Alive. That’s the best word to describe Rotorua. This lakeside town in the center of the North Island literally bubbles with life, whether it be the cultural energy which permeates the town or the forces of nature beneath it. While the somewhat-smelly, sulfurous city is known for its geothermal attractions (such as towering geysers, steaming vents, and pools of bubbling mud), the Maori culture which courses through the town only adds to its vibrant allure. Of all the cities on the North Island of New Zealand, Rotorua has one of the highest concentrations of native Maori inhabitants. And even though New Zealand’s population is only 15% native Maori, Rotorua exhibits a rich cultural influence which is beautifully inescapable. Hear the chants of a Maori warrior as they dance the famous haka, and taste the flavors of perfectly-cooked meat as it emerges from an underground hangi. Learn the art of facial tattoos and what they mean to the Maori, and tour the confines of a Maori marae to learn about village life and culture.
While the capital city is no doubt artistic (much of the Lord of the Rings movies were created here), and the weather can definitely be blustery, there are also a number of surprisingly-nice beaches you can enjoy when the weather is sunny. Of all the free things to do in Wellington that involve being outdoors and active, spending a day at the beach in Wellington is an affordable way to relax. If you plan to spend a few days in the capital and love sitting out by the sea, here are some of the best beaches in Wellington for leaving footprints in the sand.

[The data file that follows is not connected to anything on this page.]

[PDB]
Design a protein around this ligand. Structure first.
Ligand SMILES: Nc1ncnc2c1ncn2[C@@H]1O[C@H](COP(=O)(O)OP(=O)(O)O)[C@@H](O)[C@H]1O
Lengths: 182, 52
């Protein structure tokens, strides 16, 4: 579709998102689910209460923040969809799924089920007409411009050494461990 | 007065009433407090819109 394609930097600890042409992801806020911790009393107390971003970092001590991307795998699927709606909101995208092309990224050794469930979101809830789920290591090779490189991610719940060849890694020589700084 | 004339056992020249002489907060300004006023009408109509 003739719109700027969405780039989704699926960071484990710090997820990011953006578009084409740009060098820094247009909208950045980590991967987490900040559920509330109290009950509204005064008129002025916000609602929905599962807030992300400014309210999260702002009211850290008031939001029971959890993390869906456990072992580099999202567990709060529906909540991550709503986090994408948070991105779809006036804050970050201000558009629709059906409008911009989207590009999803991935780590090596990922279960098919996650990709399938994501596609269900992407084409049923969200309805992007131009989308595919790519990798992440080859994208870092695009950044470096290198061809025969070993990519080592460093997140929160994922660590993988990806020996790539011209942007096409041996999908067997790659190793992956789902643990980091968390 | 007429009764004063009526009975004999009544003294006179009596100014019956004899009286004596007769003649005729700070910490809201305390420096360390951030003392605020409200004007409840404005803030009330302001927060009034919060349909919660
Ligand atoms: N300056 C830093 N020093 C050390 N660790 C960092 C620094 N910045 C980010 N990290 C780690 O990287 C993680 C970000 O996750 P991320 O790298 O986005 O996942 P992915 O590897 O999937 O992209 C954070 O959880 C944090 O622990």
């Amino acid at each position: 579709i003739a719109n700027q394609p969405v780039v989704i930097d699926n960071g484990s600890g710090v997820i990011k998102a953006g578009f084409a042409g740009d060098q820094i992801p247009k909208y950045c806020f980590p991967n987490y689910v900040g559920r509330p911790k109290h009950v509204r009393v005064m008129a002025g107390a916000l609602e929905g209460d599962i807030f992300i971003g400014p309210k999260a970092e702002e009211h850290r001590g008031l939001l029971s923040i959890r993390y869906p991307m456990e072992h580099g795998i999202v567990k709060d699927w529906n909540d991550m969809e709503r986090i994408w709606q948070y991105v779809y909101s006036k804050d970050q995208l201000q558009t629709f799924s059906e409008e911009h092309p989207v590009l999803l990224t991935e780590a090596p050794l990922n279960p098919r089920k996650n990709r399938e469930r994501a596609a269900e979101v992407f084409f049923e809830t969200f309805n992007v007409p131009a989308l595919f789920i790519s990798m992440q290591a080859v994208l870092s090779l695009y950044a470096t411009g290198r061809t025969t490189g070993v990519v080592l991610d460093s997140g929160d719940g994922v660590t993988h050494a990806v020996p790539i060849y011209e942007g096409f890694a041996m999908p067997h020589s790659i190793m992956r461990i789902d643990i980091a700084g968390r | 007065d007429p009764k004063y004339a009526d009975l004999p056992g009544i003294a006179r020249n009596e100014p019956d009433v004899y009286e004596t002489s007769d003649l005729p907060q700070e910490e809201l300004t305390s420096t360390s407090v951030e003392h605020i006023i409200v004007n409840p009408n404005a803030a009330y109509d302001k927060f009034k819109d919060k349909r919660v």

For most people traveling to the Bay of Islands, it’s the beauty of the coastline above the water that warrants all of the attention. Beneath the surface, however, reefs and shipwrecks provide aquatic homes for an fascinating amount of marine life, and the scuba diving in the Bay of Islands is also considered the best in New Zealand.
When it comes to lakes on the North Island of New Zealand, Lake Taupo is often the inland waterway that immediately comes to mind. Seeing as it’s the largest lake in New Zealand, it’s understandable that massive Lake Taupo gets the bulk of all the attention. Heading up towards the mountains, however, in the wilderness […]
When it comes to steaming vents, sizzling fissures, and pools of bubbling mud, most travelers who are visiting New Zealand think of Rotorua. Indeed, this odiferous city (which smells like sulfur) is known for its geothermal attractions, but there are also sites in the surrounding area where the Earth appears to boil. One of these […]
Situated at the top of the famous Cook Strait, Wellington Harbor wraps its arms around visitors like a family member welcoming you home. The sheltered protection of this large harbor is one of the reasons why the city was chosen to be the nation’s capital, having been moved from the smaller harbor area at Russell to the north in the Bay of Islands. More than just the spacious harbor, however, Wellington for cruise visitors is a convenient port where many of the city’s best attractions and are only minutes from the ship.